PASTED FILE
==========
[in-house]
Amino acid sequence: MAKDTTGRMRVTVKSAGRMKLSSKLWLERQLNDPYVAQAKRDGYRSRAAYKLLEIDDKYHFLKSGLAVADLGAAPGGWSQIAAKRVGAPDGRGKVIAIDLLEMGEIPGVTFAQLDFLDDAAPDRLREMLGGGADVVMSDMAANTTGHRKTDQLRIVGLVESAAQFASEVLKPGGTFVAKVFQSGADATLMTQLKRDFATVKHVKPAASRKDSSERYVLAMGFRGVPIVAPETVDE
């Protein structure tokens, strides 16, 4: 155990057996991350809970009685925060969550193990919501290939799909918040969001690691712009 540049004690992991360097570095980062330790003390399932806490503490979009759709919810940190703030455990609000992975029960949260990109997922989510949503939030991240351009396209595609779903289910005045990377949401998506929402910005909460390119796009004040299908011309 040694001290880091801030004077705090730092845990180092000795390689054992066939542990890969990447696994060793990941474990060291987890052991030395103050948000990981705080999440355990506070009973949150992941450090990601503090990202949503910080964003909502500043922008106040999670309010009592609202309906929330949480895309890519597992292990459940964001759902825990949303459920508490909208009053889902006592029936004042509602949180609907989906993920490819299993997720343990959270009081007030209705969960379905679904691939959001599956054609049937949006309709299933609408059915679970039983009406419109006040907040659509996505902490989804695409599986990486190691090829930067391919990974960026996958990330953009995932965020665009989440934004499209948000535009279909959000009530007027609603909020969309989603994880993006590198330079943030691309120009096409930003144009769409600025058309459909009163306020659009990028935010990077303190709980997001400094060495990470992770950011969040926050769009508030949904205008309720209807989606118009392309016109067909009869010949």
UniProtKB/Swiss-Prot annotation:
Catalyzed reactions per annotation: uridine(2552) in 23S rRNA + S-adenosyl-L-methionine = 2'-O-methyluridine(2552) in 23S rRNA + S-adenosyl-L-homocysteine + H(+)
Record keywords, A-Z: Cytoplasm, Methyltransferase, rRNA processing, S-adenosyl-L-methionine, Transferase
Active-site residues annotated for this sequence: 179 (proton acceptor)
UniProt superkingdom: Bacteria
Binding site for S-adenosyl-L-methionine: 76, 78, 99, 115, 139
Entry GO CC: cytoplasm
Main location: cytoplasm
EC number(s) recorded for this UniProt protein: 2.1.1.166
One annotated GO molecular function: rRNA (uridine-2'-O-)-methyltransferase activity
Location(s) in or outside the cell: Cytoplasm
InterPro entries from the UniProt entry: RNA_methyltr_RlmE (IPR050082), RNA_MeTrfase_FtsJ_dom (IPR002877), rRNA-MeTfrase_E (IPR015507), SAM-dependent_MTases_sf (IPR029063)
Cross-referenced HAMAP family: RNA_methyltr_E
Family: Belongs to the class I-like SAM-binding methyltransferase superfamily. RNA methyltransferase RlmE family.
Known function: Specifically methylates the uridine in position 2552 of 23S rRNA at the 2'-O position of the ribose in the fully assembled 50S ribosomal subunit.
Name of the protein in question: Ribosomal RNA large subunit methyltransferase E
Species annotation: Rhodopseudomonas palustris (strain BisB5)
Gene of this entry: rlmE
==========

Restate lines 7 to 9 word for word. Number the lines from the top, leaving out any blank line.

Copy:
Active-site residues annotated for this sequence: 179 (proton acceptor)
UniProt superkingdom: Bacteria
Binding site for S-adenosyl-L-methionine: 76, 78, 99, 115, 139